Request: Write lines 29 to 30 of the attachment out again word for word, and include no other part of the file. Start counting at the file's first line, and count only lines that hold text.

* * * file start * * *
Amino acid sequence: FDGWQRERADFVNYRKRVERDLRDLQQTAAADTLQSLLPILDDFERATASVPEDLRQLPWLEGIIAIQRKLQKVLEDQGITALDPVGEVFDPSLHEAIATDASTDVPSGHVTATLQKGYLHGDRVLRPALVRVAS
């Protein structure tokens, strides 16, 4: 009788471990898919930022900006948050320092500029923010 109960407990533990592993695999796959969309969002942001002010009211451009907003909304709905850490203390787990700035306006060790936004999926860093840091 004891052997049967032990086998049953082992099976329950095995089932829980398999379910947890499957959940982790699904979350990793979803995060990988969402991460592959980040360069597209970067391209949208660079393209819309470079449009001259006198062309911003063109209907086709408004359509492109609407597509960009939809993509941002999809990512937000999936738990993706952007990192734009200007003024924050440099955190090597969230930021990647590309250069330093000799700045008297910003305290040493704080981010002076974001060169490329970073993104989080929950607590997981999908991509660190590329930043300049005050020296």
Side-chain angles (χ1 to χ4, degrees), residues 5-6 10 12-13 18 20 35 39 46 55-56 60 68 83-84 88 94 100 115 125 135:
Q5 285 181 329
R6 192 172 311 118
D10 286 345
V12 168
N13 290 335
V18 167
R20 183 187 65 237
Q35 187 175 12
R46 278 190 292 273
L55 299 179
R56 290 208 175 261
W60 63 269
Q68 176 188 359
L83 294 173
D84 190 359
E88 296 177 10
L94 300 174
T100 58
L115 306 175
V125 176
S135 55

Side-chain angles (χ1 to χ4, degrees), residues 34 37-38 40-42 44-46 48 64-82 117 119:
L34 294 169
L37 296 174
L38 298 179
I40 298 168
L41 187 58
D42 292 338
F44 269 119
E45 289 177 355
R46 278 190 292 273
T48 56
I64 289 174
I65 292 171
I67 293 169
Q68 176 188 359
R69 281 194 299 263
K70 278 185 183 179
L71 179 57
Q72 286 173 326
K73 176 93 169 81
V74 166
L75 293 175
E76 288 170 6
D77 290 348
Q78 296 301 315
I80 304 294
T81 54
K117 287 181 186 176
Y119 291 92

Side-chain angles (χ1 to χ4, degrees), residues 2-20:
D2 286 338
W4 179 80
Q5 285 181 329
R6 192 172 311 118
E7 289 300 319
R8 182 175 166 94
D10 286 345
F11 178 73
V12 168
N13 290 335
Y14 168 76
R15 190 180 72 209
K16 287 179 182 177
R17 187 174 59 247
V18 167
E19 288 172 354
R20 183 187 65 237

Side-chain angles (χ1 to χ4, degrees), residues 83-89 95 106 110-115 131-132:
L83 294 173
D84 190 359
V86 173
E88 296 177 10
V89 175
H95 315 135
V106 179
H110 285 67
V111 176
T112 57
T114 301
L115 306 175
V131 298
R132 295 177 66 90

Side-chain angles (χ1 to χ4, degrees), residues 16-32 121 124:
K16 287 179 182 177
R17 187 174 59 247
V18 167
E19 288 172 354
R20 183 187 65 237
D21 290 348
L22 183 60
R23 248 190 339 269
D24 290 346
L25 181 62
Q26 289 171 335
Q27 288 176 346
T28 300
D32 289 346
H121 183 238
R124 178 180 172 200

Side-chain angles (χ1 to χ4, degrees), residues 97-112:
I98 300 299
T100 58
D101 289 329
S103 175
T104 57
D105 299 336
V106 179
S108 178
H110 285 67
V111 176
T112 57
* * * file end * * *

I40 298 168
L41 187 58